US, Canada women's bobsled stars eager to race men
Elana Meyers Taylor has long wanted a chance to jump in a bobsled and compete on an icy track against men.
That time might have arrived.
Saying it was a "huge" move for the sport, Meyers Taylor was thrilled with the announcement that bobsled's governing body will consider the 4-man event gender neutral, a major win for top women's pilots such as Taylor and Canada's Kaillie Humphries.
"I am ecstatic about the opportunity to drive a 4-man," said Meyers Taylor, a 2-time women's bobsled Olympic medalist from Douglasville, Georgia. "Personally, I'm excited for a new challenge as an athlete and a bobsled pilot. This goes a long way to ensure more gender equality in our sport, which is very refreshing. I realize it will take a lot of work to compete at the highest level, but I'm ready to go for it."
The rule change will likely only impact pilot choices because it's believed most teams would still use three male push athletes with a female driver.
Humphries, the 2-time Olympic champion in women's bobsled a 2-person sled has been one of the most vocal about her desire to have the chance at getting behind the controls of a 4-man sled, and has pushed for the rule change for some time.
"Woke up to a whole new world," Humphries wrote on Twitter early Thursday.
The notion has been floated by some women's pilots for years and with a new season looming, talk had picked up again in recent weeks among supporters of the rule change.
Sliders from the U.S. and Canada seemed to be among the most ardent supporters of allowing women to race alongside and against men.
"I think there's some fear that it changes the 4-man. I don't think that's realistic," U.S. Bobsled and Skeleton Federation CEO Darrin Steele said. "My point of view: If a woman is good enough to jump in a 4-man and compete with the guys, more power to her. I think those that have the ability are going to be few in number, but if they've got the ability and want to do it, then why get in the way?"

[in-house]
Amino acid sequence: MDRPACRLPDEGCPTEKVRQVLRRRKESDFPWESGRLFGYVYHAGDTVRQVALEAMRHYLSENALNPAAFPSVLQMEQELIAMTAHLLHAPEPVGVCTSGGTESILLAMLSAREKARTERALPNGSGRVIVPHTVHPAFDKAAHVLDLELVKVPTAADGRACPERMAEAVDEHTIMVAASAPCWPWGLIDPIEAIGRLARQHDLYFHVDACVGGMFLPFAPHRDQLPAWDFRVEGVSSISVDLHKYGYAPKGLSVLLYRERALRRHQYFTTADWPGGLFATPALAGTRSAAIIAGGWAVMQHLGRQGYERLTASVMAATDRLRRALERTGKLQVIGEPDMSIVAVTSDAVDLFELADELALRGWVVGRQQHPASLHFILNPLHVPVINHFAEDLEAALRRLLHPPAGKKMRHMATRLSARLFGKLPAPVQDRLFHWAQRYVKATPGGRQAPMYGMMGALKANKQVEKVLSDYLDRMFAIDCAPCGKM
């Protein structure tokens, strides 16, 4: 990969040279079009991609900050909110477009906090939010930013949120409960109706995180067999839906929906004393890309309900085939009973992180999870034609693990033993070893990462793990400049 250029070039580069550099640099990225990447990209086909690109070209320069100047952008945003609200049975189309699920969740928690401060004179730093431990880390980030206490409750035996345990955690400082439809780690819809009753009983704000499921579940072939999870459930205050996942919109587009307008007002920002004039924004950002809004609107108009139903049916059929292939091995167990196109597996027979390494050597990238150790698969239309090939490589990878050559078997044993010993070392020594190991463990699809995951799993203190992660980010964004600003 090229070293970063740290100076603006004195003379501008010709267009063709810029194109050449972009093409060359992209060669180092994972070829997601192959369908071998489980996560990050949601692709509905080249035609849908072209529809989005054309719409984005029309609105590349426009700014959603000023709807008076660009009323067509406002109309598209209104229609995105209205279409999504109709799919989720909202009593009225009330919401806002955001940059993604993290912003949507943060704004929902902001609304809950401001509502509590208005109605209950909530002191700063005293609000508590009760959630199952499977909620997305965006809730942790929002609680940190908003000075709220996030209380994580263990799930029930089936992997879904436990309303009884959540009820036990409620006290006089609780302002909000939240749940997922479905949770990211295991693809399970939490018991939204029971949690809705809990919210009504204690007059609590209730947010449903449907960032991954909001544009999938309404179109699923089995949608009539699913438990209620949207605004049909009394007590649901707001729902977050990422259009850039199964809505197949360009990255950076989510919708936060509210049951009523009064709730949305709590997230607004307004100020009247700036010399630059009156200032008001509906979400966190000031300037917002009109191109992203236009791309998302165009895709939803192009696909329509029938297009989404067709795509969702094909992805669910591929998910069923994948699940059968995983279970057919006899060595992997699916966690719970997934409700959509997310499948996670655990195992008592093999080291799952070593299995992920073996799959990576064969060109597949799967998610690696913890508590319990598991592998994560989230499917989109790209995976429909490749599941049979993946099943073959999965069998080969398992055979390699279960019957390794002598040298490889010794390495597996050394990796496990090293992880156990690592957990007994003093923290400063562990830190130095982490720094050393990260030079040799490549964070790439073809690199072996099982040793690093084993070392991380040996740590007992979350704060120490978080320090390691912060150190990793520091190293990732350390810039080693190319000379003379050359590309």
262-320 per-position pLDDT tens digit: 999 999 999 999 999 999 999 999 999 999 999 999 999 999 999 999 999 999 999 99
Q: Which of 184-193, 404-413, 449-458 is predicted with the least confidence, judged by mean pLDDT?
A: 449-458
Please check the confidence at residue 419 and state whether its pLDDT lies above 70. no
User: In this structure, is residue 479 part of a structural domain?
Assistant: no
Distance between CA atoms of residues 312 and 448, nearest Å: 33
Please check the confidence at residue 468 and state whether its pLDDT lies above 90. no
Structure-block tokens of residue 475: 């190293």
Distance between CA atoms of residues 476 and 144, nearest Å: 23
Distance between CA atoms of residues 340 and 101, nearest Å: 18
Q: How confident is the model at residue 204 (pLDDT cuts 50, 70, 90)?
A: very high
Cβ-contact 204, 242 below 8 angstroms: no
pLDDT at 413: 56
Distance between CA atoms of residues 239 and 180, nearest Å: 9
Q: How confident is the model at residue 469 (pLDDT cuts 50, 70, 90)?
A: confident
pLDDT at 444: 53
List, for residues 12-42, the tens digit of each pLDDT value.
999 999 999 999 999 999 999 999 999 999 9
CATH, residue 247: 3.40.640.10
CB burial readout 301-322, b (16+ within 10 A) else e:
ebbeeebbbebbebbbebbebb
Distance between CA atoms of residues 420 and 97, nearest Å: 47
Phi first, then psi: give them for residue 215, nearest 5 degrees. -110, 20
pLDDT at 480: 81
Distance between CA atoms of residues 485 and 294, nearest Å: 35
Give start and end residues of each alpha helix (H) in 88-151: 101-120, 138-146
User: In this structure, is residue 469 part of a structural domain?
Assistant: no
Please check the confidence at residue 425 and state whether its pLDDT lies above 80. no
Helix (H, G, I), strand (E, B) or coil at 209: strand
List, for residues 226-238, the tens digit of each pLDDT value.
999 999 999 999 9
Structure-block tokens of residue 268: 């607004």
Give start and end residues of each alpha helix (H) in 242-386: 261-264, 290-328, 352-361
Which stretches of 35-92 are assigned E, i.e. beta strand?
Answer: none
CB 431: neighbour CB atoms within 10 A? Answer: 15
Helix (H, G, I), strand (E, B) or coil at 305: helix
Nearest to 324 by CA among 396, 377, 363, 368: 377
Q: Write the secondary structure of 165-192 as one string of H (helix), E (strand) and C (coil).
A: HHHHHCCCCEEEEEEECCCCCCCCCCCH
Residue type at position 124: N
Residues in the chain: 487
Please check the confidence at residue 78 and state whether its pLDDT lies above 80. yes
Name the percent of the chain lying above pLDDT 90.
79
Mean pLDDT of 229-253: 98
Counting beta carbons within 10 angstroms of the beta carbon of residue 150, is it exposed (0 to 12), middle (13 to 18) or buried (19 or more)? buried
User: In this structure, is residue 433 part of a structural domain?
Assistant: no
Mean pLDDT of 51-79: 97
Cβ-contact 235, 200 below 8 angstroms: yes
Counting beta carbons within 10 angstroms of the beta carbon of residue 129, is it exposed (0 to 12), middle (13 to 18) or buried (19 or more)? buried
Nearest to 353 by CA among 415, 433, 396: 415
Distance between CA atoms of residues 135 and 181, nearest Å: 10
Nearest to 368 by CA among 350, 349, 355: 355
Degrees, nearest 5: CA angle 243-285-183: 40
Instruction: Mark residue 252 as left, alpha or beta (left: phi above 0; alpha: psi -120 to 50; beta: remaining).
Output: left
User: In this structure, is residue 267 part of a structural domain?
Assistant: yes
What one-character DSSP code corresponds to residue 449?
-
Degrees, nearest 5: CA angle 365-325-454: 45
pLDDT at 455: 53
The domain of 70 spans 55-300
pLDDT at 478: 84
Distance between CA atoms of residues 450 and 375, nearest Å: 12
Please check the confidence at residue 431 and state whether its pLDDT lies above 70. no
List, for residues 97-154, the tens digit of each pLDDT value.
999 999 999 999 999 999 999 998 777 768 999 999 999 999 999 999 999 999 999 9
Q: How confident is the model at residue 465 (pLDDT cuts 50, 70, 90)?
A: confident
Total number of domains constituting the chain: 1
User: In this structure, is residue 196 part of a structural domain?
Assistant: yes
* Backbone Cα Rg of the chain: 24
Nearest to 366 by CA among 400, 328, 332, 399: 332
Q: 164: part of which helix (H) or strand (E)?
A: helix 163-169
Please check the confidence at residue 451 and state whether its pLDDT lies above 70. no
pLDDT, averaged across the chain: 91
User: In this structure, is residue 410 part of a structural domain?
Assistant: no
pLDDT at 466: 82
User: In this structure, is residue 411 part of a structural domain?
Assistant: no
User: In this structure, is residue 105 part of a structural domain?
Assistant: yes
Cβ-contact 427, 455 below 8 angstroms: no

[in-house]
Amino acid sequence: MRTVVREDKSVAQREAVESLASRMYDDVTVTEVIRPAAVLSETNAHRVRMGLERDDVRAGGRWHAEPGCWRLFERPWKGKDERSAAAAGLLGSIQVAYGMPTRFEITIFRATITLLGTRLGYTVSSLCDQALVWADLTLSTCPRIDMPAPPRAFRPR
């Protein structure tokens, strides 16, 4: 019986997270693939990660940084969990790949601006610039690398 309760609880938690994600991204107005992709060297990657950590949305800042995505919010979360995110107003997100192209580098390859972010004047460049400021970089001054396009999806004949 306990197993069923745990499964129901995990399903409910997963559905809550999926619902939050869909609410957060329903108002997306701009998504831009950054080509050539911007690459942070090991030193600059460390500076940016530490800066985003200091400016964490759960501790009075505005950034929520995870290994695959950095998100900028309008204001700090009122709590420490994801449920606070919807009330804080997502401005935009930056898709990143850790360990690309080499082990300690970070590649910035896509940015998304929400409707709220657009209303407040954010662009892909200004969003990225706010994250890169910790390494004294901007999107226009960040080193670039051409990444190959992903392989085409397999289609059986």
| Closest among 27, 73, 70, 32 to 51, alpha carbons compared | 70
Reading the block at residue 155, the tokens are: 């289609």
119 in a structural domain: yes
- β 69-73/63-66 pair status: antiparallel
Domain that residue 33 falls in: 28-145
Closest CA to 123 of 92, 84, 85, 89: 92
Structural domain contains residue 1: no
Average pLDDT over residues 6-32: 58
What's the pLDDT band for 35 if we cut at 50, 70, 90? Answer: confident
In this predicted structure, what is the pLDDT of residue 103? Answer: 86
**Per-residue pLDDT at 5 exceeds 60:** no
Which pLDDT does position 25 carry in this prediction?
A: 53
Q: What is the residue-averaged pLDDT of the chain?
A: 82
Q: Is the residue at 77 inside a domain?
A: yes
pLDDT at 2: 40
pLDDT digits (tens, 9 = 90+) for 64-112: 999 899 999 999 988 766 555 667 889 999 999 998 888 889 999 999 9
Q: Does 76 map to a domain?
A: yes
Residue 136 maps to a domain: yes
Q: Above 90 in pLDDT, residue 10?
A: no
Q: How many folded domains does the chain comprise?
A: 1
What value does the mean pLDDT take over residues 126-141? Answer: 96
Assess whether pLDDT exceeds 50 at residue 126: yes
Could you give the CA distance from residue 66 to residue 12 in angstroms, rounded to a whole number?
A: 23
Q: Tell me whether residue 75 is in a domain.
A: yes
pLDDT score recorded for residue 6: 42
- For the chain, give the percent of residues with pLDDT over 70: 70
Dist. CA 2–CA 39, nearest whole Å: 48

Humphries and Heather Moyse won the women's gold at the Sochi Games, followed by a pair of American sleds Meyers Taylor with Lauryn Williams, and Jamie Greubel with pusher Aja Evans.
A 2-man bobsled handles much differently than a 4-man does. 2010 Olympic champion Steven Holcomb of Park City, Utah has likened driving a 2-man to a sports car, and a 4-man to a school bus.
Steele said he has concerns that some may underestimate the difficulty of driving a 4-man sled, though has no doubt some women can be competitive.
The World Cup season opens at Lake Placid, New York, in December and it's possible that women may be in 4-man sleds for that race. Women's pilots would still have to show proficiency, just as male pilots would, in a 4-man before they could be entered into a World Cup competition in that type of sled.
There are some lower-tier races in North America and Europe before the World Cup opener, and those events could give women enough time to qualify to drive 4-man in Lake Placid. Women's pilots could also appeal to have certain portions of the qualifying criteria waived.
"This will create some excitement," Steele said.
Critical thinking challenge: Why might most teams still use three males to push with a female driver?